Having made contact, I had become to the white whales a guest, and they started to play with me. I took pictures of the cheerful animals who looked to be really happy here in the natural dolphin aquarium on the Polar Circle of the White Sea. I used up my memory card and the air in my tank very quickly, but didn’t rush out of the water because I felt so lucky to see and be so close with these friendly animals.”
Special thanks to the Arctic Circle Dive Center staff for the great experience diving with white whales.
FACTS ABOUT BELUHAS
Beluhas (Delphinapterus leucas), otherwise known as white whales, are a threatened species. Found only in the northern hemisphere, beluha whales live commonly in the coastal waters of the Arctic Ocean. They can also be found in subarctic waters. When the sea freezes over, Arctic beluhas migrate southward in large herds. Sometimes they get trapped by Arctic ice and die, becoming prey for polar bears, killer whales, and for the indigenous people of the Arctic.
Because they have been over-hunted by commercial fisheries, some beluha populations, such as those in the Gulf of St. Lawrence, have nearly collapsed. They were hunted for centuries for their meat, blubber and skins used in products such as soap, lubricants, margarine, fertilizer, and shoes as well as fodder for domestic animals. Currently, 3,000 belugas are still taken each year.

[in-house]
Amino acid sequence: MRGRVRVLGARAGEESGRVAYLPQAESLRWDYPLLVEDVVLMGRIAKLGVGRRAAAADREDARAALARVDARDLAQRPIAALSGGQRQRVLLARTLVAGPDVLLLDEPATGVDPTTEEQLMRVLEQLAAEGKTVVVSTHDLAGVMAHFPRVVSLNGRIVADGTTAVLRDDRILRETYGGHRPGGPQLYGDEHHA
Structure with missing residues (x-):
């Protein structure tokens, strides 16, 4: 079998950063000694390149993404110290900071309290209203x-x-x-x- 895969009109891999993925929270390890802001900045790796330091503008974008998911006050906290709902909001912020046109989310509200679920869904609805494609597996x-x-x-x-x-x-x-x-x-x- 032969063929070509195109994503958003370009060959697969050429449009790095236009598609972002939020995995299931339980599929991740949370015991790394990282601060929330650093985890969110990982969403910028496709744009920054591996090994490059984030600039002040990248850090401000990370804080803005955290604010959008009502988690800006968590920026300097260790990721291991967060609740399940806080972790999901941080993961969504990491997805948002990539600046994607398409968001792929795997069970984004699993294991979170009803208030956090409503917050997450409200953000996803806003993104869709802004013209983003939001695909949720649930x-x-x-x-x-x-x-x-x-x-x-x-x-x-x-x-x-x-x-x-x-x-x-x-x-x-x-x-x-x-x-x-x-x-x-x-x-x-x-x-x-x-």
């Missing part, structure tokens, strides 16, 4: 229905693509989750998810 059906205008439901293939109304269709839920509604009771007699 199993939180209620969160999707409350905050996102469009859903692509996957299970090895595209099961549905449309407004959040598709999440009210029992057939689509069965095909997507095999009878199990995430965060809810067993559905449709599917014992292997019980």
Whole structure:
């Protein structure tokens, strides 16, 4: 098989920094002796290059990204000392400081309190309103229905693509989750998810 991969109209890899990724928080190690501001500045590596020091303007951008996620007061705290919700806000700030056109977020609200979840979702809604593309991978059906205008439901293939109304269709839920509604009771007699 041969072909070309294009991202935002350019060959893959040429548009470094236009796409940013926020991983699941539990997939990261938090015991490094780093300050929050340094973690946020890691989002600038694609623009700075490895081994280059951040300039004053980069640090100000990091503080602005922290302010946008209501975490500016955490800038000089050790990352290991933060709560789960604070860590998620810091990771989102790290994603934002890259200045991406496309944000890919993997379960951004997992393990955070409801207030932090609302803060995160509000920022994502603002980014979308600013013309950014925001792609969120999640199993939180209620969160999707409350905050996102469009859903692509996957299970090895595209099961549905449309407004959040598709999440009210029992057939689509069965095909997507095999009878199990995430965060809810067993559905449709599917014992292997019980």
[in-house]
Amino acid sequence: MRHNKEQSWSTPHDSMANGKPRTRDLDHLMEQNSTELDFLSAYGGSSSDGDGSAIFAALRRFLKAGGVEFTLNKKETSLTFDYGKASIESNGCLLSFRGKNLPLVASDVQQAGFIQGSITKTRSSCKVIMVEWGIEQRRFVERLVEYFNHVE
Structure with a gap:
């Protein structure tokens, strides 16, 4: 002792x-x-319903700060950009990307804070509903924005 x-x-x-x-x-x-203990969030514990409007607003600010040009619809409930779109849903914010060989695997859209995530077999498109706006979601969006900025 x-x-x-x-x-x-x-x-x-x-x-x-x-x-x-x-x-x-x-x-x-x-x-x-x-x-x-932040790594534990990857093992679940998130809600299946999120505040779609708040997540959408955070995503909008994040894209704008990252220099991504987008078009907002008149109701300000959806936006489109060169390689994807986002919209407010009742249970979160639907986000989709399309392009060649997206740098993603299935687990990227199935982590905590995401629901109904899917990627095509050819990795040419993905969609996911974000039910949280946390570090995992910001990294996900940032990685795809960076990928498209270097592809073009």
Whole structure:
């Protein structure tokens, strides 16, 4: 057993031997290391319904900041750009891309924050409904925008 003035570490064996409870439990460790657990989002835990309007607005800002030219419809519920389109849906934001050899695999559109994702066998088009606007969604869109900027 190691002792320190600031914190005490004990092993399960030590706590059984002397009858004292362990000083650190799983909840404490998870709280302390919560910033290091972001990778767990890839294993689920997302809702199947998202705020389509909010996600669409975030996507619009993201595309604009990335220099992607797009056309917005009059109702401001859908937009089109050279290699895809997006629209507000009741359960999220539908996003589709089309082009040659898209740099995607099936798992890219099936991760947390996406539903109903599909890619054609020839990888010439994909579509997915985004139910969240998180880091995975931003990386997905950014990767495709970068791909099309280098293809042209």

Recovery has been hindered by harbour construction, river diversion and chemical pollution, which affects beluga fertility in some areas. The current estimated population is around 50,000-70,000 animals.
Beluha whales have an unusual colour that makes them stand out from all other whales. Their calves are grey or brown when they are born, a colour which fades to white when they reach five years old and become sexually mature. Before the summer moult, their skins take on a yellowish hue. Beluhas rub themselves along the sand or gravel of the seabed when their skins begin to moult.
As whales go, beluhas are small, ranging from 13 to 20 feet (4-6.1m) in length and can reach a weight of 2,000 to 3,000 pounds (907-1,361kg).
Their foreheads are round, and they have no dorsal fin. They are unique among whales in that they have flexible necks, which enable them to turn their heads in all directions. The soft and flexible blubber around the head gives the white whale the ability to easily change its facial expressions.
In general, beluhas live for 35-50 years in the wild and move together in pods or small groups. Mothers give birth to one calf every 2-3 years with a gestation period of a year. The mothers have close relationships with their calves.
Being quite social and very vocal animals, beluhas employ a diversified language of clicks, clangs and whistles. They can also imitate a variety of other sounds. The beluha is sometimes called the Sea Canary because of its high-pitched sounds. Beluhas have an advanced echolocation system. They can produce broad-band pulses in a narrow beam, which are aimed from their melon, their bulbous foreheads.
Cousins to the narwhale, or tusked “unicorn” whale, beluhas feed on fish (such as herring, salmon and cod), crustaceans, worms and other invertebrates such as octopus, squid, crab, and snails. It is thought that echolocation aids in their search for food and that they used a sucking motion to pull prey into their mouths aided by the flexibility of their lips, a characteristic shared only by one other creature, the Irrawaddy dolphin. A beluga whale has been observed diving underwater for 20 minutes to a depth of 647m during feeding. ■
SOURCE: marinebio.org, wikipedia.com,